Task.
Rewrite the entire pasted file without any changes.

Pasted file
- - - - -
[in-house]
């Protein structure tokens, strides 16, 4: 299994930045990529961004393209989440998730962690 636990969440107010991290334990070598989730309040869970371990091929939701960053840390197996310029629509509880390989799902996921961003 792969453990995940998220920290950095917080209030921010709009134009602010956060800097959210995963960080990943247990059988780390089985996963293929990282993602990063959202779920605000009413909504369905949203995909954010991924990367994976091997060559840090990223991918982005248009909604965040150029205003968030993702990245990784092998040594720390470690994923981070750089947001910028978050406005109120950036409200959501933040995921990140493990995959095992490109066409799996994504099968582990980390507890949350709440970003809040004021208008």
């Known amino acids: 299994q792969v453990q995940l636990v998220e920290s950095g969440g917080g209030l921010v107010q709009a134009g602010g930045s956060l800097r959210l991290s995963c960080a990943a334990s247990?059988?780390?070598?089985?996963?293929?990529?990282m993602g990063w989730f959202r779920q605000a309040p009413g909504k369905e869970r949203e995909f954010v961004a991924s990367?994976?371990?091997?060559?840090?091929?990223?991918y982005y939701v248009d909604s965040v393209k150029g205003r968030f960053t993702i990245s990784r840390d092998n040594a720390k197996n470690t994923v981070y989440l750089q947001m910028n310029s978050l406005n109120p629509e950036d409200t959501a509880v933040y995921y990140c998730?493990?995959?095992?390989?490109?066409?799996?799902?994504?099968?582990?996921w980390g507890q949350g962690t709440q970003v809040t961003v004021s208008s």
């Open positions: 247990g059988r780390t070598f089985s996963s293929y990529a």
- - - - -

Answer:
[in-house]
């Protein structure tokens, strides 16, 4: 299994930045990529961004393209989440998730962690 636990969440107010991290334990070598989730309040869970371990091929939701960053840390197996310029629509509880390989799902996921961003 792969453990995940998220920290950095917080209030921010709009134009602010956060800097959210995963960080990943247990059988780390089985996963293929990282993602990063959202779920605000009413909504369905949203995909954010991924990367994976091997060559840090990223991918982005248009909604965040150029205003968030993702990245990784092998040594720390470690994923981070750089947001910028978050406005109120950036409200959501933040995921990140493990995959095992490109066409799996994504099968582990980390507890949350709440970003809040004021208008």
């Known amino acids: 299994q792969v453990q995940l636990v998220e920290s950095g969440g917080g209030l921010v107010q709009a134009g602010g930045s956060l800097r959210l991290s995963c960080a990943a334990s247990?059988?780390?070598?089985?996963?293929?990529?990282m993602g990063w989730f959202r779920q605000a309040p009413g909504k369905e869970r949203e995909f954010v961004a991924s990367?994976?371990?091997?060559?840090?091929?990223?991918y982005y939701v248009d909604s965040v393209k150029g205003r968030f960053t993702i990245s990784r840390d092998n040594a720390k197996n470690t994923v981070y989440l750089q947001m910028n310029s978050l406005n109120p629509e950036d409200t959501a509880v933040y995921y990140c998730?493990?995959?095992?390989?490109?066409?799996?799902?994504?099968?582990?996921w980390g507890q949350g962690t709440q970003v809040t961003v004021s208008s």
């Open positions: 247990g059988r780390t070598f089985s996963s293929y990529a």